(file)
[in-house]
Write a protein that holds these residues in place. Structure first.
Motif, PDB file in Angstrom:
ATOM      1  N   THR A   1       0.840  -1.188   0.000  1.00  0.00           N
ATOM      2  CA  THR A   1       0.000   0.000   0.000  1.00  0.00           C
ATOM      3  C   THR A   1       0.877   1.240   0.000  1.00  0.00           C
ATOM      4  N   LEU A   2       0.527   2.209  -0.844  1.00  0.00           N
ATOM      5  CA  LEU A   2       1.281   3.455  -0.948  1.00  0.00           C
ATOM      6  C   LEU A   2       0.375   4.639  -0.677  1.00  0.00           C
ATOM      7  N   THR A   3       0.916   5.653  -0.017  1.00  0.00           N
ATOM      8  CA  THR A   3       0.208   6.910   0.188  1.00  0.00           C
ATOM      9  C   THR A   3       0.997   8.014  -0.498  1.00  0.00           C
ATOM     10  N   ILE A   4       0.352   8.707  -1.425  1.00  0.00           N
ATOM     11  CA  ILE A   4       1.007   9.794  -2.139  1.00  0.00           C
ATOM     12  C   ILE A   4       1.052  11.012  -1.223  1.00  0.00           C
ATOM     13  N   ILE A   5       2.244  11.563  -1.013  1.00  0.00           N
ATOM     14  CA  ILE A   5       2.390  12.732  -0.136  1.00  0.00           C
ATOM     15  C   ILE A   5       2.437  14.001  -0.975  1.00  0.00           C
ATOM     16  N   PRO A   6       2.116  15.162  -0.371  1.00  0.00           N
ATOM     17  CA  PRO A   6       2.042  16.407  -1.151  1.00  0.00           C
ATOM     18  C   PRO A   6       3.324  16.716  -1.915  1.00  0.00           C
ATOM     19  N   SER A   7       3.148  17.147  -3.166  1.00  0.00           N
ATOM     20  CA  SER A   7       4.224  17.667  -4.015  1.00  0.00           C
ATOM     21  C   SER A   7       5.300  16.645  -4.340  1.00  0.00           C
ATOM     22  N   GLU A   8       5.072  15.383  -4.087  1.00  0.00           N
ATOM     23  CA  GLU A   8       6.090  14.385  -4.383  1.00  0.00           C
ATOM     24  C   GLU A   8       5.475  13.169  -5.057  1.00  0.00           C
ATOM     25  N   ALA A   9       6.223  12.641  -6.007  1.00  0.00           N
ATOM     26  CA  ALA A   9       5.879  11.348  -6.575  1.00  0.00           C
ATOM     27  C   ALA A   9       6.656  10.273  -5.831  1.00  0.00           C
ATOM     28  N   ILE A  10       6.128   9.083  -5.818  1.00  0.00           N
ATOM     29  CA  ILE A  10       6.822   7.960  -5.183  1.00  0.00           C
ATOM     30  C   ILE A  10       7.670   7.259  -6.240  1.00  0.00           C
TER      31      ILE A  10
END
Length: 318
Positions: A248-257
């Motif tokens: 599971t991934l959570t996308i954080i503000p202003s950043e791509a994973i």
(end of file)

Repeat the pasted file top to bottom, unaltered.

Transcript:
[in-house]
Write a protein that holds these residues in place. Structure first.
Motif, PDB file in Angstrom:
ATOM      1  N   THR A   1       0.840  -1.188   0.000  1.00  0.00           N
ATOM      2  CA  THR A   1       0.000   0.000   0.000  1.00  0.00           C
ATOM      3  C   THR A   1       0.877   1.240   0.000  1.00  0.00           C
ATOM      4  N   LEU A   2       0.527   2.209  -0.844  1.00  0.00           N
ATOM      5  CA  LEU A   2       1.281   3.455  -0.948  1.00  0.00           C
ATOM      6  C   LEU A   2       0.375   4.639  -0.677  1.00  0.00           C
ATOM      7  N   THR A   3       0.916   5.653  -0.017  1.00  0.00           N
ATOM      8  CA  THR A   3       0.208   6.910   0.188  1.00  0.00           C
ATOM      9  C   THR A   3       0.997   8.014  -0.498  1.00  0.00           C
ATOM     10  N   ILE A   4       0.352   8.707  -1.425  1.00  0.00           N
ATOM     11  CA  ILE A   4       1.007   9.794  -2.139  1.00  0.00           C
ATOM     12  C   ILE A   4       1.052  11.012  -1.223  1.00  0.00           C
ATOM     13  N   ILE A   5       2.244  11.563  -1.013  1.00  0.00           N
ATOM     14  CA  ILE A   5       2.390  12.732  -0.136  1.00  0.00           C
ATOM     15  C   ILE A   5       2.437  14.001  -0.975  1.00  0.00           C
ATOM     16  N   PRO A   6       2.116  15.162  -0.371  1.00  0.00           N
ATOM     17  CA  PRO A   6       2.042  16.407  -1.151  1.00  0.00           C
ATOM     18  C   PRO A   6       3.324  16.716  -1.915  1.00  0.00           C
ATOM     19  N   SER A   7       3.148  17.147  -3.166  1.00  0.00           N
ATOM     20  CA  SER A   7       4.224  17.667  -4.015  1.00  0.00           C
ATOM     21  C   SER A   7       5.300  16.645  -4.340  1.00  0.00           C
ATOM     22  N   GLU A   8       5.072  15.383  -4.087  1.00  0.00           N
ATOM     23  CA  GLU A   8       6.090  14.385  -4.383  1.00  0.00           C
ATOM     24  C   GLU A   8       5.475  13.169  -5.057  1.00  0.00           C
ATOM     25  N   ALA A   9       6.223  12.641  -6.007  1.00  0.00           N
ATOM     26  CA  ALA A   9       5.879  11.348  -6.575  1.00  0.00           C
ATOM     27  C   ALA A   9       6.656  10.273  -5.831  1.00  0.00           C
ATOM     28  N   ILE A  10       6.128   9.083  -5.818  1.00  0.00           N
ATOM     29  CA  ILE A  10       6.822   7.960  -5.183  1.00  0.00           C
ATOM     30  C   ILE A  10       7.670   7.259  -6.240  1.00  0.00           C
TER      31      ILE A  10
END
Length: 318
Positions: A248-257
């Motif tokens: 599971t991934l959570t996308i954080i503000p202003s950043e791509a994973i």